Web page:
Moreover, I felt an issue that kept coming up in The Mummy was its chemistry. More particularly the chemistry between Tom Cruise and the impressive Annabelle Wallis. Both of them are great respectively on their own, but as a pair, I wasn’t feeling it. Their romance felt more manufactured than organic. And that is, in my opinion, a major mistake when trying to establish a sense of history and weight in your characters. However, despite all the problems I’ve pointed out about The Mummy, and I’m sure I could go on about it even more. I honestly felt that some critics were a bit harsh. And I especially believe that some of that stem from the constant reminder that it truly wasn’t all that long ago that we got the last Fresher installment. Yes, it’s been nine years since The Mummy: Tomb of the Dragon Emperor (2008) was released, and yes I guess that is considered a long enough gap of time to warrant a full reboot to the franchise. But it doesn’t change the fact that the impact of the previous films still lingers in our minds. It also had a lot riding on it for being the flagship film of the Dark Universe. Which caused a lot of raised eyebrows considering that there were last minute reshoots made for another Universal film called Dracula Untold (2014) which was originally meant as the official launch of the Dark Universe, but was later extensively downplayed when The Mummy was in development. There is no doubt that some felt rubbed the wrong way by this sudden change of direction, especially since Dracula Untold was a success at the box office for Universal. And despite its problematic plot holes and over the top cheesiness, despite all its flaws, it was still a somewhat decent popcorn flick.

But I firmly believe there is still hope for this franchise that nobody asked for, and it will depend on the steps Universal make in the upcoming years. Especially with its next installment. Right now the franchise is at a critical crossroads point. Some might argue that the franchise is already dead on arrival, but while that might be the case from a critical viewpoint. Money speaks louder than words. And right now The Mummy is sitting on a $377 million intake at the overall box office and still counting. It is also one of the largest box office openings in history for any Tom Cruise film in the European market. And the movie hasn’t finished debuting in the Asian market yet, so it’s world wide box office numbers is expected to continue growing as time continues. While The Mummy isn’t something I would recommend to see at the cinema, it is by no means the worst film of 2017.

Fear, Inc. (2016) Film Review


Starring: Lucas Neff, Caitlin Stasey, Chris Marquette, Stephanie Drake, and Abigail Breslin

Written By: Luke Barnett

Directed By: Vincent Masciale

Grade: A-

Like most horror fans, Joe Foster (Neff), the lead character in the smart, surreal, and sadistically fun horror comedy, Fear, Inc., finds himself so hungry for a good scare this Halloween season, but feels constantly let down. Every haunt he goes to seems so predictable and not nearly real enough. After consuming so many gory, disturbing horror films and visiting haunts that put millions of dollars in to effects and art design to put you inside a hellish world, after a while it can lose the impact and feel like you’ve seen it all. How do you really outdo it? Especially some of these immersive horror theater experiences or even extreme haunts where you can get physically and possibly emotionally scarred? How far can you go in making a simulated living nightmare real when you know it is staged? Fear, Inc. plays with the question of what it would take for such a desensitized horror fan to really be immersed and believe in a personal horror coming alive around him and just how horribly wrong that could go. It’s quite an amazing feat just how many times the film pulls you back and forth between the mentality of this is real and this is just a masterful bloody, cruel illusion and all a part of the game. The end game is completely unpredictable, perhaps the real illusion our characters experience is control and any sense of safety.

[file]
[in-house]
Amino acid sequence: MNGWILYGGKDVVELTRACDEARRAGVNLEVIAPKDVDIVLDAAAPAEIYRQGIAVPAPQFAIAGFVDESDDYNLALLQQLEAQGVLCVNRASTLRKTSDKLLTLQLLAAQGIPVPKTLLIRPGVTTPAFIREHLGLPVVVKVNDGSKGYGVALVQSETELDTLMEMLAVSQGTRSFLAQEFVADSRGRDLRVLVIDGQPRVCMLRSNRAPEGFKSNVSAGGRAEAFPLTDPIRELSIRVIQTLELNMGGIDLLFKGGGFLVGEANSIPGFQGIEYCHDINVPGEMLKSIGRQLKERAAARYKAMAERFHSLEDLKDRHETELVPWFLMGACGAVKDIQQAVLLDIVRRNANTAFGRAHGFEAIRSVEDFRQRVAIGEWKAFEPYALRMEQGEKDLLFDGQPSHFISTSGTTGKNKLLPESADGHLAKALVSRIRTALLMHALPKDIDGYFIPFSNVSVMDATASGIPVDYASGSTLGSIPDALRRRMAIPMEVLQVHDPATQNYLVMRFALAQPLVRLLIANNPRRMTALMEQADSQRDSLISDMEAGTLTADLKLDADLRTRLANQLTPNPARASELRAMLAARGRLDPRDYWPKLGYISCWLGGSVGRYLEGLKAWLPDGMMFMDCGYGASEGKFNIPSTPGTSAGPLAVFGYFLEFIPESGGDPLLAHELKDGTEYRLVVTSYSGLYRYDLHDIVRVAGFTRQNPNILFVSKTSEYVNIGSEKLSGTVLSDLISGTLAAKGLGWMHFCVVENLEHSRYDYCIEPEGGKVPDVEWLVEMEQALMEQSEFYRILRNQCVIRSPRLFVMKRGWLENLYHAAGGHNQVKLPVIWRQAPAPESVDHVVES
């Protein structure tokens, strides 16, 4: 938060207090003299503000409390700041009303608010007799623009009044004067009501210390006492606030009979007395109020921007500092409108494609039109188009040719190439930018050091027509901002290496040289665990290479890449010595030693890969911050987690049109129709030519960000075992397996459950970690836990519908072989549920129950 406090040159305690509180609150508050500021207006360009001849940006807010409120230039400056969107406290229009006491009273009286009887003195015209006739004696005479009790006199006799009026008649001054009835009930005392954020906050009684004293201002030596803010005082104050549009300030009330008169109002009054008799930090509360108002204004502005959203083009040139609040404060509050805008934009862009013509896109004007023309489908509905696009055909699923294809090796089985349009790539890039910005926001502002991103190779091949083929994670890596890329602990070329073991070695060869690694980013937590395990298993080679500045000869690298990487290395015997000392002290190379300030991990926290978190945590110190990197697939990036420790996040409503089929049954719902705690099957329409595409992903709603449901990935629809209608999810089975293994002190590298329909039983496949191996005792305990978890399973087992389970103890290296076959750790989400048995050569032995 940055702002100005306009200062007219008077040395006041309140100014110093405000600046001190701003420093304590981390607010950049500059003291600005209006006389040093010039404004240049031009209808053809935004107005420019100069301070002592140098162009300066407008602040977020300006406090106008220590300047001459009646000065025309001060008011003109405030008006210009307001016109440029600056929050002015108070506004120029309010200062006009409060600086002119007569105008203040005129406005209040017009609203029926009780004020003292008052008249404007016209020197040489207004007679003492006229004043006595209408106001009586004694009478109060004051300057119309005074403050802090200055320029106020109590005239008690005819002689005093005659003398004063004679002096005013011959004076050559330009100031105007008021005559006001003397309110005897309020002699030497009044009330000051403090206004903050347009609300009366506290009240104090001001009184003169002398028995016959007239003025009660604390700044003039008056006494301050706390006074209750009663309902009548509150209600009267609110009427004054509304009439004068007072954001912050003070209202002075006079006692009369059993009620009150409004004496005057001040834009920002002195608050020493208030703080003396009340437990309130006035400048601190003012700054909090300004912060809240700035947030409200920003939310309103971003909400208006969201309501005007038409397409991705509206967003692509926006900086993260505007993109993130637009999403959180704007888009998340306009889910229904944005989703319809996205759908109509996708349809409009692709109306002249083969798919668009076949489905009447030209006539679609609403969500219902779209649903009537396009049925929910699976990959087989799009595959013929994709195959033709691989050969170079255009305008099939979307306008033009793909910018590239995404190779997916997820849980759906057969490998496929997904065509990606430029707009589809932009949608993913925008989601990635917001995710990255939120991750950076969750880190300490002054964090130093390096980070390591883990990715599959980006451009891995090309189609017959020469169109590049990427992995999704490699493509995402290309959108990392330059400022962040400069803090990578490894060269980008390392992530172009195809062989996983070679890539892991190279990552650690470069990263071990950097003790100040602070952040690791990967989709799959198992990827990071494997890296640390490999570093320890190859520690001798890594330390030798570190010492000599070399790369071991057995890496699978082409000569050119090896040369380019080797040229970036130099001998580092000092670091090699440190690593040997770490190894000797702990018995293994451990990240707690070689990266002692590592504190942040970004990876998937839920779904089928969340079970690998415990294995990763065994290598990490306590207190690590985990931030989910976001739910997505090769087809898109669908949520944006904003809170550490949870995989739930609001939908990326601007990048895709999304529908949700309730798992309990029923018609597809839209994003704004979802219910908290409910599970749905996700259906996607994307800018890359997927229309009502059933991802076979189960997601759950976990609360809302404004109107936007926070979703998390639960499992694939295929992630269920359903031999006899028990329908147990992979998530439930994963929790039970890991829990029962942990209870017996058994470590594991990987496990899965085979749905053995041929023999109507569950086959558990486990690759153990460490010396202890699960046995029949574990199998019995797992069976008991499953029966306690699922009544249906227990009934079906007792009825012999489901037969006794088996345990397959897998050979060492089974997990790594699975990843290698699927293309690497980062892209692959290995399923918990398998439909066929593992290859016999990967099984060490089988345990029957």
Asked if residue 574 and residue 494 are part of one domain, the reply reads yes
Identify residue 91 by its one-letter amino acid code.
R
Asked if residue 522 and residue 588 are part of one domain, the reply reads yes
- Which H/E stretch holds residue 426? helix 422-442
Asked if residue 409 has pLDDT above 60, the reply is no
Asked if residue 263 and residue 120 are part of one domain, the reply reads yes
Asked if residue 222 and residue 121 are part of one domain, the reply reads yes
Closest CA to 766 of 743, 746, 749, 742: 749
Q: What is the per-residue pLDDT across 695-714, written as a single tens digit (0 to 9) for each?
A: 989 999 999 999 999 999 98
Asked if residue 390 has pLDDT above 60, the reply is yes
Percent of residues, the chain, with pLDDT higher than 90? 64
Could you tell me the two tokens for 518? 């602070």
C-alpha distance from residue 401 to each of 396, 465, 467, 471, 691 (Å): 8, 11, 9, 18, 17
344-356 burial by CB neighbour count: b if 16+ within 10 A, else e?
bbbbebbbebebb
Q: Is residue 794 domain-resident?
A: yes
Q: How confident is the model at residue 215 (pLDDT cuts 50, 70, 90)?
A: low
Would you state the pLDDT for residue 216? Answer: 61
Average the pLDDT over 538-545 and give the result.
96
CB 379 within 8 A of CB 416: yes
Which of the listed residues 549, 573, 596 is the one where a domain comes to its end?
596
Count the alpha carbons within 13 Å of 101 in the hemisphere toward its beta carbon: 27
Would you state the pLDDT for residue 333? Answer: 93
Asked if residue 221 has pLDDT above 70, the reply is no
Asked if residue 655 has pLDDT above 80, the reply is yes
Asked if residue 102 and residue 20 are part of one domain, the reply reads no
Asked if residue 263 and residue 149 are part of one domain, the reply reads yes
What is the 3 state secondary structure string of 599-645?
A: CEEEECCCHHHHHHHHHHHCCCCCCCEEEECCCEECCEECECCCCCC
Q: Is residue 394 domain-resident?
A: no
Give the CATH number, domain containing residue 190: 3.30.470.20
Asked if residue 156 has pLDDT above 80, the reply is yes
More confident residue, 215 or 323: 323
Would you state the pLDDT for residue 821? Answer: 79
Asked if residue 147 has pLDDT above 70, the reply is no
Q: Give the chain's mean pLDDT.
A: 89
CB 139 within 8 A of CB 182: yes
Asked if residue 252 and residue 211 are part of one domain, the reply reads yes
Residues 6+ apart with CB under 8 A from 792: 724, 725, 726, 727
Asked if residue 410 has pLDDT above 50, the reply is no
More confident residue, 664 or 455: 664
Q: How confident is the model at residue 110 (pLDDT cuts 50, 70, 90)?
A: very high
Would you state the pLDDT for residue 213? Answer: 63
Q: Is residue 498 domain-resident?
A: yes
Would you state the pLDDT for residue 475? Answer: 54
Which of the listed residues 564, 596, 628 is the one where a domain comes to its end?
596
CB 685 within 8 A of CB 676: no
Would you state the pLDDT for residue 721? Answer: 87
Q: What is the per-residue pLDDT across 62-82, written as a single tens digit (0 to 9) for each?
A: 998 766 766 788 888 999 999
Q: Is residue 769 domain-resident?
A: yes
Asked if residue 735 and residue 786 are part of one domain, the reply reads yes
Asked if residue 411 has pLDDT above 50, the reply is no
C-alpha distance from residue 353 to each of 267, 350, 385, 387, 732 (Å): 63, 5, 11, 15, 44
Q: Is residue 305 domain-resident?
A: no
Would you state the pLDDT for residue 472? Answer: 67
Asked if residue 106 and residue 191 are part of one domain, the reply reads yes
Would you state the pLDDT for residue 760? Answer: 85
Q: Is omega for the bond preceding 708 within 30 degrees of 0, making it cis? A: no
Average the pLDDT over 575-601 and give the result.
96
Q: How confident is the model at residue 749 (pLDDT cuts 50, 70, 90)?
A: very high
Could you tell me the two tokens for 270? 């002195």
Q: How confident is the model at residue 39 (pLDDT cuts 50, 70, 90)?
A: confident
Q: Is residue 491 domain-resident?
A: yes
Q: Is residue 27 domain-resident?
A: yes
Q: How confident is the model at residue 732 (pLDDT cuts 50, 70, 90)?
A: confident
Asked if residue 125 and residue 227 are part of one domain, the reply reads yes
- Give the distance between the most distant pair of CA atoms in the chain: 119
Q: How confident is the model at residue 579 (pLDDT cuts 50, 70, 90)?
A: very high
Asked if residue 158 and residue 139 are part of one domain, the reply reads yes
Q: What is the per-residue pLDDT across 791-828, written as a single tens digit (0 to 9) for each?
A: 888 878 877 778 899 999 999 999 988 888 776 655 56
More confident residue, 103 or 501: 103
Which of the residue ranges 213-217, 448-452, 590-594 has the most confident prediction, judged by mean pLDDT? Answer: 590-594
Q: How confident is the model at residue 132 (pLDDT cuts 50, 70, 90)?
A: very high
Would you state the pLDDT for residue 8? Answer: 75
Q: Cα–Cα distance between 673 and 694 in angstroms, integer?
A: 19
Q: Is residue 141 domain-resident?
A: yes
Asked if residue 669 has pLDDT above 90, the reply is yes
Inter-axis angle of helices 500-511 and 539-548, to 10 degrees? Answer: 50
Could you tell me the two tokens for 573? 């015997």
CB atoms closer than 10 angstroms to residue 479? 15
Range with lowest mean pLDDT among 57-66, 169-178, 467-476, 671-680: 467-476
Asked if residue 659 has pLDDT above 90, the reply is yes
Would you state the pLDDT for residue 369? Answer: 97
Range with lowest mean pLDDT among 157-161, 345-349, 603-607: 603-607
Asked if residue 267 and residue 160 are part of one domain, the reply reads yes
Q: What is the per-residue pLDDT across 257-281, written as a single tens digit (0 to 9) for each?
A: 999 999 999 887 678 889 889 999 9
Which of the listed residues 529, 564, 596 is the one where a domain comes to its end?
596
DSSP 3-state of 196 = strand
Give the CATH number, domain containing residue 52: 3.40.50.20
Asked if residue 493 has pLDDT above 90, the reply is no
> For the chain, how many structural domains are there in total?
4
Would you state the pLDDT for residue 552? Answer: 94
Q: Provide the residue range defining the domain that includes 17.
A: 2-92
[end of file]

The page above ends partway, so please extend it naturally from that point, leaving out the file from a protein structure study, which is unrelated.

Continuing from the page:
Fear, Inc. is incredibly written, acted, and directed film,  especially being the first feature film by director Vincent Masciale. It has such a vibrant tone and energy I guarantee will be the fuel to the fire horror fans crave. I’ve been rather disappointed by a lot of horror films in the past few years and Fear, Inc. was really a breath of fresh air. It teeters between being pure horror homage fun and making you so invested in the horrors before you. It really is horror comedy perfection. The creators list Scream as one of their favorite movies and what they were looking to create something in a similar vein, they completely nailed it. There are about as many horror movie and genre movie references in this film that one could possibly fit, while still being its own unique story with relevant intriguing exploration on the current climate of the immersive horror theater and extreme haunt world.

The film is colorful, fun, witty, psychological, and most importantly is horror with a purpose. Horror comedy can be a very tricky thing to pull off, but Fear, Inc. excels at this too. The comedy doesn’t overpower the horror; you are utterly invested in it all. You care about the characters and are in the same position as them, enjoying it, but also realizing at a certain point this has to be real and you are horrified and fear for them greatly as the horrors unleash and the fun horror fanboy’s fantasy world and the grim, shocking reality collide and clash again and again. We are affected by this mind fuck just as much as Joe is so we are really experiencing this all through him, getting us to question what we would do in his shoes.